Date of Conferral



Doctor of Nursing Practice (DNP)




Robert McWhirt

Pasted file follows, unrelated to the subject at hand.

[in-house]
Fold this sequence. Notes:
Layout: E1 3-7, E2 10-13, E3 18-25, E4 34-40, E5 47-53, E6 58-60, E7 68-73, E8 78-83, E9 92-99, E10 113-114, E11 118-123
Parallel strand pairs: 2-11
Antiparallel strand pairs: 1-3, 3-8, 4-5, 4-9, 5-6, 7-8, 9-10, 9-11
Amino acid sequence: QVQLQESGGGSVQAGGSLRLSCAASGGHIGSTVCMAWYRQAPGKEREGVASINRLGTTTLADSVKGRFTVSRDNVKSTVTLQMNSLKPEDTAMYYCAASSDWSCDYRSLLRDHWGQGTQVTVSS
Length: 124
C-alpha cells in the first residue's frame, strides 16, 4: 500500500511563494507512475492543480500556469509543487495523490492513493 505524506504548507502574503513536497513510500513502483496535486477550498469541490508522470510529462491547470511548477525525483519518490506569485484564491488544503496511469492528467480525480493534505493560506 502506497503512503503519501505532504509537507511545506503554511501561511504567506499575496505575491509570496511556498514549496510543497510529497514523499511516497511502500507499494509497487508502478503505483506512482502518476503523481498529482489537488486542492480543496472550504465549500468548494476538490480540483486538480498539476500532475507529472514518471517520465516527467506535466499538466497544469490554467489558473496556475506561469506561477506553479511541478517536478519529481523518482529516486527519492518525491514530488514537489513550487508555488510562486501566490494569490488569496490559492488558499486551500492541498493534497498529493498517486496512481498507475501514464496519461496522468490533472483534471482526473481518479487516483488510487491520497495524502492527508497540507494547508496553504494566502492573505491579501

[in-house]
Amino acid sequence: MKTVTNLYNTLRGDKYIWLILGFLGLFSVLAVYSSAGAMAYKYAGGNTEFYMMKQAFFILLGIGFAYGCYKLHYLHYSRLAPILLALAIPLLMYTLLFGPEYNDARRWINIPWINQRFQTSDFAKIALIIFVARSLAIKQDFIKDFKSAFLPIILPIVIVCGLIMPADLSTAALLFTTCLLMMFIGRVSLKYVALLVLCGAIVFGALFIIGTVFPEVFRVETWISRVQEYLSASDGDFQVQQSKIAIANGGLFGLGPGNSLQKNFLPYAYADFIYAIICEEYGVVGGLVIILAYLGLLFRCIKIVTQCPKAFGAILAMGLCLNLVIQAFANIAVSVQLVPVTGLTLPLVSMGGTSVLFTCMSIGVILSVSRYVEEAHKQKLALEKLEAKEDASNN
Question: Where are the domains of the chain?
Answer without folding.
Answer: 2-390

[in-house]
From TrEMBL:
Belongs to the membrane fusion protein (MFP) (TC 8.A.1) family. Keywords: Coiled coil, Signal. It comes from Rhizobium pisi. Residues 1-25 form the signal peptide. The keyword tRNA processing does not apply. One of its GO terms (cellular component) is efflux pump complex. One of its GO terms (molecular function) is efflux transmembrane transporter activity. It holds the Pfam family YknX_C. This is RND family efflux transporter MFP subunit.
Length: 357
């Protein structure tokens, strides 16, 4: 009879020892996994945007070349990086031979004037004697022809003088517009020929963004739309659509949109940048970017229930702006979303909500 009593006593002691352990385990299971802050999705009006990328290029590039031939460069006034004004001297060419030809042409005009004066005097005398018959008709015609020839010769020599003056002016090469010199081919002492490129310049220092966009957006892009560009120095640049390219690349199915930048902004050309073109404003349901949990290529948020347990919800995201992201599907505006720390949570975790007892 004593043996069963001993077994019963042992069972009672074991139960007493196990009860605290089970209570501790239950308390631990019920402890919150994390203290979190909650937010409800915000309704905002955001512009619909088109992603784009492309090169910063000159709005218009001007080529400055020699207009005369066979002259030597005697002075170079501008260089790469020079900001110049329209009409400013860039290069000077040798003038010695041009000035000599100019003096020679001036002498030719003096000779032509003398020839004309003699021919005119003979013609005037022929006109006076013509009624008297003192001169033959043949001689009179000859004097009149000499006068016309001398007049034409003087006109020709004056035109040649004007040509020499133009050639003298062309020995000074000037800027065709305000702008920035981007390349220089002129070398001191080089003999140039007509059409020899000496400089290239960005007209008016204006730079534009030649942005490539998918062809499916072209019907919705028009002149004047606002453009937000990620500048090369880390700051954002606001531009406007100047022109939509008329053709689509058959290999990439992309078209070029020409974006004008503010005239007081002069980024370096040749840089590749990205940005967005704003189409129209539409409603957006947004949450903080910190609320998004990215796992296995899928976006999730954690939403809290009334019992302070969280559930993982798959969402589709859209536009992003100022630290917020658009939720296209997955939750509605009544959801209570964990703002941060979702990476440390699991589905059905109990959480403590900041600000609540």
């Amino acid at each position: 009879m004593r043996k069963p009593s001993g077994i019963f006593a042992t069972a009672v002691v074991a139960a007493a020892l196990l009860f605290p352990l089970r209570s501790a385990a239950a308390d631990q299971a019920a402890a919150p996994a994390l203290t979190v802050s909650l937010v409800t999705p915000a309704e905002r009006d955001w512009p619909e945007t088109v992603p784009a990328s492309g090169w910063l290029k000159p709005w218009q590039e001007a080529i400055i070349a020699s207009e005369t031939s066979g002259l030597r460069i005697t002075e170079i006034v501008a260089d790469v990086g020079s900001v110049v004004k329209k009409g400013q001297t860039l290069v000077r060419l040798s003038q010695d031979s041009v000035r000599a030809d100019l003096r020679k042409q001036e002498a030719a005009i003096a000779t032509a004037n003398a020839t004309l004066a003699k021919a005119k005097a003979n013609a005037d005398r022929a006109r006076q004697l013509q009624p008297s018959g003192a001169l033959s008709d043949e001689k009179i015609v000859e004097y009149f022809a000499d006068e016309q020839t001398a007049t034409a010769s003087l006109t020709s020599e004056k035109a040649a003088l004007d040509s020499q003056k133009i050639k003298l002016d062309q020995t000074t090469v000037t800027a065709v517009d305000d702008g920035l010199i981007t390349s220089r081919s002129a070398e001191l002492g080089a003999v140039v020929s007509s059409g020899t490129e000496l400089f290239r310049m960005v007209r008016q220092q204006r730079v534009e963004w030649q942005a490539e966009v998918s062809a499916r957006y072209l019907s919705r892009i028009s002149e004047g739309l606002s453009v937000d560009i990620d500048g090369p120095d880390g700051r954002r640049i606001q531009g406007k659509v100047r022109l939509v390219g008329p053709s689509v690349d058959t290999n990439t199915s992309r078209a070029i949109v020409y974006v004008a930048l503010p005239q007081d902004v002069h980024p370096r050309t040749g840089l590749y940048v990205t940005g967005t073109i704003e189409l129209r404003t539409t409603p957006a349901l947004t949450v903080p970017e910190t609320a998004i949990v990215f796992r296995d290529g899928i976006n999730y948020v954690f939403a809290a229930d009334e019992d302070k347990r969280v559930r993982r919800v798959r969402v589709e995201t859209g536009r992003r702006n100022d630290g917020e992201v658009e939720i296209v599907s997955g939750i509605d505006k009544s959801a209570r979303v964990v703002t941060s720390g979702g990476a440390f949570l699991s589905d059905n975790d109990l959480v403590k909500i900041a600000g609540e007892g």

Nurse engagement is essential for organizational success. If organizations can engage nurses, they may be able to improve organization and patient outcomes. The purpose of the evidence-based practice project was to use current evidence of direct supervisor influence on nurse engagement to create an educational program for clinical leads to use in their interactions with direct reports. The relationship-based care model was used as a framework for the project, and concepts included work engagement, nurse engagement, recognition versus meaningful recognition, professional development, communication, transformational leadership, and authentic leadership. Before and after attending the education program, clinical leads were given a self-assessment on a 5-point Likert scale to assess their perception of their leadership skills. The data were analyzed using SPSS descriptive statistics to describe differences in pre and post education self-assessments. All of the questions had increased means following the education program. The most improvement was in the following areas: coordinating relationships among staff improved by50% and accepting and using constructive criticism improved by 50%. Clinical leads recognized that having the knowledge and tools would give them the ability to impact nurse engagement. Researchers should continue to study the leader's influence on nurse engagement in relationship to other environmental factors that influence nurse engagement; as well as, how to better prepare leaders to engage nurses in his/her professional roles.